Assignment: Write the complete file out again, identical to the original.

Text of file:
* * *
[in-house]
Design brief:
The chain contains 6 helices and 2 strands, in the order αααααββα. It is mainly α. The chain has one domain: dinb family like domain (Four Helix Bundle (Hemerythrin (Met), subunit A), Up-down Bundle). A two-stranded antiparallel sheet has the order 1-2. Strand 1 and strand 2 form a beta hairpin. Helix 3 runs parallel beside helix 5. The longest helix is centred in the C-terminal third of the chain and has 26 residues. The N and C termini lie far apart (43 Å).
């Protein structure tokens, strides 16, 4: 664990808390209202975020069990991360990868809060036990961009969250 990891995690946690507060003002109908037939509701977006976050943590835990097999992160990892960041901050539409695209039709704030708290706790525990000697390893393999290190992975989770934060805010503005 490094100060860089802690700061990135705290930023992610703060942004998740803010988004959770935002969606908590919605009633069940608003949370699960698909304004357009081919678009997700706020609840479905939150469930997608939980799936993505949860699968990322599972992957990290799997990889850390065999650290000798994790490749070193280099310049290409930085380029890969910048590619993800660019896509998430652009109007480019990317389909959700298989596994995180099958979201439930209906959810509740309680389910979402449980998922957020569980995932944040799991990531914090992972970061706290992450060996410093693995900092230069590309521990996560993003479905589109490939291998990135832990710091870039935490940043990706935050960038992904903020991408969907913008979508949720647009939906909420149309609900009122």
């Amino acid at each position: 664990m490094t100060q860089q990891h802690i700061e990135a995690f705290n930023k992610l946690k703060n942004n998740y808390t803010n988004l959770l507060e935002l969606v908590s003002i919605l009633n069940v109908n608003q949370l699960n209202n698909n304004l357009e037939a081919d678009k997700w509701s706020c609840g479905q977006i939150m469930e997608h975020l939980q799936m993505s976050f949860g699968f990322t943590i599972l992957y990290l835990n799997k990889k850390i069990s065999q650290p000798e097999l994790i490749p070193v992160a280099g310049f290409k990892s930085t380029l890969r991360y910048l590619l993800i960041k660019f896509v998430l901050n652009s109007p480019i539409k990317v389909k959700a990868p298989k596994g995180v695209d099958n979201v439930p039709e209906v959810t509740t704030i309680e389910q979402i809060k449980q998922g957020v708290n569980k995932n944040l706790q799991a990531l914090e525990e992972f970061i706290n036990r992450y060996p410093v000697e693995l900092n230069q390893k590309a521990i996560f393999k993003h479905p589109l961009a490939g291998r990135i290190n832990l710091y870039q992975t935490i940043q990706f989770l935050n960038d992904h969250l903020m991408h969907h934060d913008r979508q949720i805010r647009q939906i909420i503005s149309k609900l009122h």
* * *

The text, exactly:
[in-house]
Design brief:
The chain contains 6 helices and 2 strands, in the order αααααββα. It is mainly α. The chain has one domain: dinb family like domain (Four Helix Bundle (Hemerythrin (Met), subunit A), Up-down Bundle). A two-stranded antiparallel sheet has the order 1-2. Strand 1 and strand 2 form a beta hairpin. Helix 3 runs parallel beside helix 5. The longest helix is centred in the C-terminal third of the chain and has 26 residues. The N and C termini lie far apart (43 Å).
């Protein structure tokens, strides 16, 4: 664990808390209202975020069990991360990868809060036990961009969250 990891995690946690507060003002109908037939509701977006976050943590835990097999992160990892960041901050539409695209039709704030708290706790525990000697390893393999290190992975989770934060805010503005 490094100060860089802690700061990135705290930023992610703060942004998740803010988004959770935002969606908590919605009633069940608003949370699960698909304004357009081919678009997700706020609840479905939150469930997608939980799936993505949860699968990322599972992957990290799997990889850390065999650290000798994790490749070193280099310049290409930085380029890969910048590619993800660019896509998430652009109007480019990317389909959700298989596994995180099958979201439930209906959810509740309680389910979402449980998922957020569980995932944040799991990531914090992972970061706290992450060996410093693995900092230069590309521990996560993003479905589109490939291998990135832990710091870039935490940043990706935050960038992904903020991408969907913008979508949720647009939906909420149309609900009122």
């Amino acid at each position: 664990m490094t100060q860089q990891h802690i700061e990135a995690f705290n930023k992610l946690k703060n942004n998740y808390t803010n988004l959770l507060e935002l969606v908590s003002i919605l009633n069940v109908n608003q949370l699960n209202n698909n304004l357009e037939a081919d678009k997700w509701s706020c609840g479905q977006i939150m469930e997608h975020l939980q799936m993505s976050f949860g699968f990322t943590i599972l992957y990290l835990n799997k990889k850390i069990s065999q650290p000798e097999l994790i490749p070193v992160a280099g310049f290409k990892s930085t380029l890969r991360y910048l590619l993800i960041k660019f896509v998430l901050n652009s109007p480019i539409k990317v389909k959700a990868p298989k596994g995180v695209d099958n979201v439930p039709e209906v959810t509740t704030i309680e389910q979402i809060k449980q998922g957020v708290n569980k995932n944040l706790q799991a990531l914090e525990e992972f970061i706290n036990r992450y060996p410093v000697e693995l900092n230069q390893k590309a521990i996560f393999k993003h479905p589109l961009a490939g291998r990135i290190n832990l710091y870039q992975t935490i940043q990706f989770l935050n960038d992904h969250l903020m991408h969907h934060d913008r979508q949720i805010r647009q939906i909420i503005s149309k609900l009122h």